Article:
Downward Spiral of Anger
In the downward spiral of anger the person has a sense of being increasingly trapped. The sharper the experience then the more the person feels unable to do anything about it, whilst feeling she must do something about it. She has a sense of becoming smaller, whilst yearning to take up more space. She may feel strongly ambivalent, such as ‘stick with’ and ‘move on’ whilst the various other opposites may intensify: hope and despair, life and death, light and dark. This can change minute-by-minute. Broadly it can have some similarities with experiencing unrequited love; wanting, perhaps even longing to see the other person, whilst almost immediately hating her because the prospect conjures up the prospect of so much pain and anger. ‘Hate does not have as its purpose to destroy the object, but rather to preserve and maintain it’. (Barfort 2010). Arguably all feelings, particularly if intense carry within them their antithesis; the dialectic.
There can also be a Catch 22 where the person feels angry when faced with the choice of whether to be angry or not. More particularly perhaps when forgiveness is being portrayed as the better, indeed ultimately necessary alternative.
Another strand in this sharpening of contrasts can be that the anger intensifies just as its desperately sought-after origins become increasingly intangible and transient; the reasons for the anger seem to be everywhere, yet nowhere.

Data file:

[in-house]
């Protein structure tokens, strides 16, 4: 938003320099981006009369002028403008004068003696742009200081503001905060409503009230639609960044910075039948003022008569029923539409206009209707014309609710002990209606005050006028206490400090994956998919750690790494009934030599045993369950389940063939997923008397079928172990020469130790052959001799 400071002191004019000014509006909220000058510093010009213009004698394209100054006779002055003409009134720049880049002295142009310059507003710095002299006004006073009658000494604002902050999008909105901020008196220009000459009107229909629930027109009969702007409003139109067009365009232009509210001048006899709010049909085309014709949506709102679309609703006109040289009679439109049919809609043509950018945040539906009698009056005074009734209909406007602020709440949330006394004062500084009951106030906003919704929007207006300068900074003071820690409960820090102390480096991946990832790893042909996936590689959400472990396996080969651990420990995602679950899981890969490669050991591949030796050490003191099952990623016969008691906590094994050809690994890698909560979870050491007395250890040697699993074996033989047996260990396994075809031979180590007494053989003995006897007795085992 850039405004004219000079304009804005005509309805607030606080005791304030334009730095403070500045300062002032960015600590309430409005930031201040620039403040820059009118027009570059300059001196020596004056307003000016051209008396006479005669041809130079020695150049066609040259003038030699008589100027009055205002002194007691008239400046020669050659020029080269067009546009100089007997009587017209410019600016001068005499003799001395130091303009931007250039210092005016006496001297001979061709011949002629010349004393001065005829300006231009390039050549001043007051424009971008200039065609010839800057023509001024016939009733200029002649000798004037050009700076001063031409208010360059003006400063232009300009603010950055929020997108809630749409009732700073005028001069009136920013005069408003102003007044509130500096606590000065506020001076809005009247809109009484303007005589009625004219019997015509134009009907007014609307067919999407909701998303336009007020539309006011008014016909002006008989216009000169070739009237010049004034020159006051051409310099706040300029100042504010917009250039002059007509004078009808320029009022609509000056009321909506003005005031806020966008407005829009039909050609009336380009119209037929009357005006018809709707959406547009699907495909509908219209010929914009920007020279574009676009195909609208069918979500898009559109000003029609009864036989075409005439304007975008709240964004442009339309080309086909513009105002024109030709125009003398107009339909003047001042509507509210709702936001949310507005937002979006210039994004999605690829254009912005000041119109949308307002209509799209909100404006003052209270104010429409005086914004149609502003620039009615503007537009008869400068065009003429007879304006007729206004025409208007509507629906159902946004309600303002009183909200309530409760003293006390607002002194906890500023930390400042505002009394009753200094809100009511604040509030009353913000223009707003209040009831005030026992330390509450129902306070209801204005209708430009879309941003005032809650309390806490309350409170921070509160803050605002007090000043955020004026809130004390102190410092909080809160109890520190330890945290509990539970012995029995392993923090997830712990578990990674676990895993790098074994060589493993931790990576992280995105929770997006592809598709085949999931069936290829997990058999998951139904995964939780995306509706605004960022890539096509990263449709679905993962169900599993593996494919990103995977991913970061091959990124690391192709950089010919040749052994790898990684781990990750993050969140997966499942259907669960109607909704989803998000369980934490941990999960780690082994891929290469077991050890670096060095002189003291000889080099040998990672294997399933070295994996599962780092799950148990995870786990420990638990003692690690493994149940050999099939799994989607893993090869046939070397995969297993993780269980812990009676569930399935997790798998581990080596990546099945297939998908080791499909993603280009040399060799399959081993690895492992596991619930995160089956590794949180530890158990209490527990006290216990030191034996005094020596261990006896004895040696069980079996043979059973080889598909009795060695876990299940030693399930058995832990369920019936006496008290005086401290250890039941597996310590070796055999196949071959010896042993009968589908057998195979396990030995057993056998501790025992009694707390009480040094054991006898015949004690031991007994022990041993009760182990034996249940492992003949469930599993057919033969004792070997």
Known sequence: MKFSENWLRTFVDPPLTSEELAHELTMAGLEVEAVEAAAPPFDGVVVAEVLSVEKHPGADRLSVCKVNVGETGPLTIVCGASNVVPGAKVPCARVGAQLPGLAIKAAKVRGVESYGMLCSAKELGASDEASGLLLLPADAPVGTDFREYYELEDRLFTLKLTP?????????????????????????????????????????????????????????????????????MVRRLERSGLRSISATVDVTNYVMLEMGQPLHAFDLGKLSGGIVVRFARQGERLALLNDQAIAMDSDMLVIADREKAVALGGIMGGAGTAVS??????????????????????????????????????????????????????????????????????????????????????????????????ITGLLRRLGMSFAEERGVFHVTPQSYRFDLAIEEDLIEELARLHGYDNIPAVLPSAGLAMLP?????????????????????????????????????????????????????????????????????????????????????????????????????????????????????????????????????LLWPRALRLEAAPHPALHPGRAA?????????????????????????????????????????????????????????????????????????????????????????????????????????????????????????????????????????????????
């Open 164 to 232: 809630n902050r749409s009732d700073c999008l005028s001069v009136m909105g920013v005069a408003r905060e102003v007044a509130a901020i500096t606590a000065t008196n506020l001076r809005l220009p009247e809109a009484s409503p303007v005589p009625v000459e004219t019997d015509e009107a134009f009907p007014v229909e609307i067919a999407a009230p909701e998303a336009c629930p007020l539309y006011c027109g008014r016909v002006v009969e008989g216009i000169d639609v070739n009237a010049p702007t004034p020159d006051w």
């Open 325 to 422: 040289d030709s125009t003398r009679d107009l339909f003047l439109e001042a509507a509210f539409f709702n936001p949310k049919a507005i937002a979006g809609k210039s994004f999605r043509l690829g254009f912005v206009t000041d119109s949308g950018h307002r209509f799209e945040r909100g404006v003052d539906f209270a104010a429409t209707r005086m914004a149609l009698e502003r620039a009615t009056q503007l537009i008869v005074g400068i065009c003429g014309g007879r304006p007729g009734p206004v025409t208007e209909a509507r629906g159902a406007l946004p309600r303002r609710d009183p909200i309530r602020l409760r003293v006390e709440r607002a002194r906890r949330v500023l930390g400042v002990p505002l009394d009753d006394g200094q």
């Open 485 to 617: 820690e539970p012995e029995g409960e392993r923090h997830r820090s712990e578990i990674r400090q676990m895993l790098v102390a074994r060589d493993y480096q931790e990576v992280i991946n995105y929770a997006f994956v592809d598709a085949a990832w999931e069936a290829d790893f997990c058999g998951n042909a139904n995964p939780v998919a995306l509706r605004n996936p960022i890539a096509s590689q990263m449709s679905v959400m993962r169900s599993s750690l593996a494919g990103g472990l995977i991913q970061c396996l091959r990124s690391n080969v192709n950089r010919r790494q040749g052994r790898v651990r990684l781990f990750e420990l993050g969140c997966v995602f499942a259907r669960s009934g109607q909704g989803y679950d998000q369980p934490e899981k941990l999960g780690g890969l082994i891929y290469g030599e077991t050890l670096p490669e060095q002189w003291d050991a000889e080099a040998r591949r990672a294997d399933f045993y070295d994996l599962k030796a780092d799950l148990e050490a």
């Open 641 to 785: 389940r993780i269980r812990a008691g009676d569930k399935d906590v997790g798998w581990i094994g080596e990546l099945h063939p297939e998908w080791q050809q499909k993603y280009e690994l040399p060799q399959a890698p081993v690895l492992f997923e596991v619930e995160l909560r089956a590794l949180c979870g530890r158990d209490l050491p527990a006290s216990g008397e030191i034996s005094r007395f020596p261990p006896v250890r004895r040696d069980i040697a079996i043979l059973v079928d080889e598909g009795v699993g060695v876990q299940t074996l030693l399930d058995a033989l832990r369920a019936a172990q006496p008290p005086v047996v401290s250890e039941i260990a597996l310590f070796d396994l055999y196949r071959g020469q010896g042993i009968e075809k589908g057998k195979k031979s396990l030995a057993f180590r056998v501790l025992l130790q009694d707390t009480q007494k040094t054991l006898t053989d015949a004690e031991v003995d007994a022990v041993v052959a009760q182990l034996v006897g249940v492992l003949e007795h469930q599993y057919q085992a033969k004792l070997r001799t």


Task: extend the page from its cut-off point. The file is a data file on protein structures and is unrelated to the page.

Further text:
The experience of profound contrasts can ultimately be a source of valuable insights. At a practical level it may prompt a shift from questions about ‘doing’ to those around ‘being’. For example, rather than ‘What can I do to be more successful in my job?’, it is ‘I now know I have changed and I do not want to do this type of work anymore’. Similarly in personal life, rather than, ‘How can I make this relationship work?’, it is ‘I do not want to be in this relationship anymore’; that is, ‘double-loop’ learning. (Argyris and Schon 1978). At a visceral or psychodynamic level a person may realise that an important step is about loving self, indeed loving self for being rather than always looking for love and approval from others. Such unconditional love may have been missing in childhood from Mum. Mum may now anyway be unwilling or unable to say sorry.
These moments of learning can sometimes be experienced as an ‘epistemological break’; that is, a completely different basis for understanding the world. (Morris 1991).
|Seeing self and the world from a totally different perspective|
I illustrate it thus:
Fig 3. Epistemological Break
In making this point I run the risk of suggesting, or being seen to suggest that somehow the best sort of learning has to be transformational. If transformation is set as the gold standard then it risks nurturing a multiplicity of ways in which, paradoxically, learning may be stifled:
- Grandiosity; ‘I bet my means of transformation is bigger and lasts longer than yours’. (Sometimes a cigar isn’t just a cigar).